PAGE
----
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Shelf Systems Struggle To Stay Relevant In Home Audio

The venerable audio shelf system is down but not out.

The audio contender is on the ropes after suffering a one-two punch from rising sales of home-theater-in-a-box systems and from the inclination of young people to listen to music through a bedroom or dorm PC.

Despite the changing market, suppliers hope to inject some relevance and excitement into the category at CES. Suppliers here will add MP3-CD playback and game-machine connections to more systems, introduce more systems with USB connections to a PC, and step up their focus on the growing microsystem segment.

Systems with built-in CD-recorders will go by the wayside as lone holdout Philips exits that market, which also saw Pioneer and Aiwa leave in the last few years. Philips cited the price premium and the youth market’s love of the PC for music burning. Aiwa cited high returns on the products because consumers tried to record onto data CD-R discs, not audio CD-Rs.

As the market changed, factory-level sales of shelf systems fell 20 percent in units and even more in dollars in 2002, RCA estimates, but microsystem sales rose 40 percent in units to achieve 25-30 percent unit share of the shelf-system market, the company said. Microsystem sales will increase again in 2003 but at a slower rate, the company projects.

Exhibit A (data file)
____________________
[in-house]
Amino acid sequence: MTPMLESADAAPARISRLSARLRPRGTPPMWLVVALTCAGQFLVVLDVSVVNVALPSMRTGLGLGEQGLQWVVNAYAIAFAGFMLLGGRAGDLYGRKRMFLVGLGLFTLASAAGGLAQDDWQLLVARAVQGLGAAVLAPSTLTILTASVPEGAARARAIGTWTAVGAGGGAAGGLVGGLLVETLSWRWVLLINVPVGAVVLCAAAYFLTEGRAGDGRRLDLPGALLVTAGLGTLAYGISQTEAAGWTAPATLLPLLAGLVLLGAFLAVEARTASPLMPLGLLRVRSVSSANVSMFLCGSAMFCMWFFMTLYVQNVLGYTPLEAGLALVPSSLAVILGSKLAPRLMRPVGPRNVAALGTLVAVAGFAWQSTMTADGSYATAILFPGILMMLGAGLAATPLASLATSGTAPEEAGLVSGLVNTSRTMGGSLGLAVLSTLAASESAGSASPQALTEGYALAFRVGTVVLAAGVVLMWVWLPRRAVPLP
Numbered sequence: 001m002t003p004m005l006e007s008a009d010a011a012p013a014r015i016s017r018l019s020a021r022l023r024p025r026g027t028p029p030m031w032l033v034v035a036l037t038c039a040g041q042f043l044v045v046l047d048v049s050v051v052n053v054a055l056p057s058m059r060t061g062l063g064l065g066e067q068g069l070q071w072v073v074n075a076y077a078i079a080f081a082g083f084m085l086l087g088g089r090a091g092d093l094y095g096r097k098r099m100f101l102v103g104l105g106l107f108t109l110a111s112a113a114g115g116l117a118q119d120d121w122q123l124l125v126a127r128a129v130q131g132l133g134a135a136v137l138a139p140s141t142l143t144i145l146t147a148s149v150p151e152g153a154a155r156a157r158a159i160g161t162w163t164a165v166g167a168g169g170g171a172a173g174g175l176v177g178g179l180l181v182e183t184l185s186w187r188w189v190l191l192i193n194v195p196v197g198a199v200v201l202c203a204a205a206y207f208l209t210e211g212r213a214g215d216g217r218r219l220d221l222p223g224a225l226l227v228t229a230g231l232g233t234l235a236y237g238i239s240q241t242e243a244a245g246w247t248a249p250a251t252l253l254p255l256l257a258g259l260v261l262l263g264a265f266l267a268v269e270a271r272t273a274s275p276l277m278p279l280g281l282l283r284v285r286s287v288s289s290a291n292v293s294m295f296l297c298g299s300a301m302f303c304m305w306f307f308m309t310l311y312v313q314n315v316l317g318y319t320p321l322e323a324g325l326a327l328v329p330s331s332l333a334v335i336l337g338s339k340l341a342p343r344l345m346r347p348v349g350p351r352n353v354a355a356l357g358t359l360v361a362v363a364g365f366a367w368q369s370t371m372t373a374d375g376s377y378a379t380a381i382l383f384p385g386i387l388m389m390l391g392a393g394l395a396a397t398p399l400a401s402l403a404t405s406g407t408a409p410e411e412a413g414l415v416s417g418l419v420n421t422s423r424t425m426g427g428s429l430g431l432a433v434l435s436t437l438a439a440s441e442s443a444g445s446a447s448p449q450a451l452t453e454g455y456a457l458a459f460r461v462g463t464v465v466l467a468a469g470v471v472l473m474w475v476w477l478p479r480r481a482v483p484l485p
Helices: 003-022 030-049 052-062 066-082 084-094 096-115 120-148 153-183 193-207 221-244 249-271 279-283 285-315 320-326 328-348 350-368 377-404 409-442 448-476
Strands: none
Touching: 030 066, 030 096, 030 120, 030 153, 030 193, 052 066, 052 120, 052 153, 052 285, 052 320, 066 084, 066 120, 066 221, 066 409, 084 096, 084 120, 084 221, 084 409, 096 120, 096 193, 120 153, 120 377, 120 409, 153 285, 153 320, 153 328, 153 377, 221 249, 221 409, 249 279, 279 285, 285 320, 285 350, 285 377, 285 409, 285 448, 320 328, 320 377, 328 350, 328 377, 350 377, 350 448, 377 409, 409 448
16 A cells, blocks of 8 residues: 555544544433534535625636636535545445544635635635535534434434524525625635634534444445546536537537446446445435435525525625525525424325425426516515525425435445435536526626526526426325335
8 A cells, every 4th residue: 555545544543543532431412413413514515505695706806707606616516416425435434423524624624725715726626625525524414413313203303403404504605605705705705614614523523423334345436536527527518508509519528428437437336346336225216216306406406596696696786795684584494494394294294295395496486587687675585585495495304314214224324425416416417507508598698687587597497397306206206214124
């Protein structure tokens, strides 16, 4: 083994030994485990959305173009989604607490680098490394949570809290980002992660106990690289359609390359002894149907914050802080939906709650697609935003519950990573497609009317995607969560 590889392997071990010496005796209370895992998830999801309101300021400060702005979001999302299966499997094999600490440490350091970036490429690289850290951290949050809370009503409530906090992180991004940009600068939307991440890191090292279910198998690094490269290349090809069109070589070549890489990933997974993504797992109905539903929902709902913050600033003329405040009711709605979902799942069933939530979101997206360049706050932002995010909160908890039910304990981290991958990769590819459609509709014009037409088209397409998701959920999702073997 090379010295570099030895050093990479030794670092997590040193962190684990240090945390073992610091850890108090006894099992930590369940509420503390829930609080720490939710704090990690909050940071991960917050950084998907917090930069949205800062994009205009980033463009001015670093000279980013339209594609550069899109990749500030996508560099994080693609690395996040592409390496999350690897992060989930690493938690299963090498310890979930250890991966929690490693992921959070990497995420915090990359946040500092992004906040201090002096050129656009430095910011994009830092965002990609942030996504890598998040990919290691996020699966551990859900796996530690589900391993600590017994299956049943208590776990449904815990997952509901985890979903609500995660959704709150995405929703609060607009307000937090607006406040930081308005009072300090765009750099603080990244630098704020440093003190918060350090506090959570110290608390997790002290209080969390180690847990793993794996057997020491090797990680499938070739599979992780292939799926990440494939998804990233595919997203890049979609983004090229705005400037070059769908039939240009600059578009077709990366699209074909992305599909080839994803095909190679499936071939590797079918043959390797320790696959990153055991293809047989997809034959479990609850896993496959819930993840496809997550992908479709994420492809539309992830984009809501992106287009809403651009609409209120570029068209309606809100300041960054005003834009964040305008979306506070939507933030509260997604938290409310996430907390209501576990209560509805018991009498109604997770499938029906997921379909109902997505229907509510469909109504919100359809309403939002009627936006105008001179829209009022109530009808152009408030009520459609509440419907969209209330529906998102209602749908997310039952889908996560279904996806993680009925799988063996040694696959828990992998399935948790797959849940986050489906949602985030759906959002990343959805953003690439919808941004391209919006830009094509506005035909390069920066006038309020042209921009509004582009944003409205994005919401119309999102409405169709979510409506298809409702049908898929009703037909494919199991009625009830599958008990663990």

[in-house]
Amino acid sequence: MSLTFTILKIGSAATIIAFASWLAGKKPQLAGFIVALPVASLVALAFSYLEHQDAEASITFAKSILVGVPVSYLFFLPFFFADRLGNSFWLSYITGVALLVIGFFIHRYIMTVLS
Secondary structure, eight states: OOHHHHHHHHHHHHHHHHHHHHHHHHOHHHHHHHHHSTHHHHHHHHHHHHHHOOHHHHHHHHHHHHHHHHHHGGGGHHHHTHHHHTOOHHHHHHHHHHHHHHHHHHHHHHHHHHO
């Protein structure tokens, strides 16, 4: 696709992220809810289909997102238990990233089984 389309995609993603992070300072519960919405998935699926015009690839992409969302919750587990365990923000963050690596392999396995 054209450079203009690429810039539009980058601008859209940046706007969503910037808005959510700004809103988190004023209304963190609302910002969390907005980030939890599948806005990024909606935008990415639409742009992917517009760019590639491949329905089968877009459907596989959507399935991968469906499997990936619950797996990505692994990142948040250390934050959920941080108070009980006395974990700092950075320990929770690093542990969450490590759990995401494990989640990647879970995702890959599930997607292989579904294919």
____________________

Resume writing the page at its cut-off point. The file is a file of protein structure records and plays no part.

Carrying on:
Microsystems satisfy the consumer need for small systems with lots of power, said Rich Phipps, RCA’s audio business-development director.

To increase the relevance of shelf systems, JVC and Sony turned in recent years to hard-drive-equipped jukebox models, and Philips said it will follow, but not until 2004.

In 2003 products, here’s what dealers will find at CES:

Denon: The DM-31 single-disc personal audio system features 2×22-watt amp and single-well CD that’s CD-R/RW-compatible. Details were unavailable.

JVC: Four of six new minisystems are the company’s first minis with MP3-CD playback. They are the HX-Z30 and Z10 with five-disc changer and three-disc-carousel MX-GT88 and MX-GA77. All four feature biamped speakers and cassette deck.

RCA: Two new shelf systems, sized between mini and micro systems, are the first with proprietary Neo-5 five-tray changer mechanism. It ejects and displays all five CDs at a time (or four if the fifth is playing) to help users quickly identify the inserted discs. It provides the benefits of a carousel changer with the smaller footprint of an elevator-style changer, the company said.

The RS2300, due in June at a suggested $149, features cassette deck, 100 watts, and CD-R/RW compatibility. The step-up $199-suggested RS2302, due June, features 200 watts.

Sharp: The SD-EX200 shelf system features 1-bit digital amplification, CD player, tuner, 200 watts total power, and two-way bass reflex speakers. It ships in June at a suggested $399.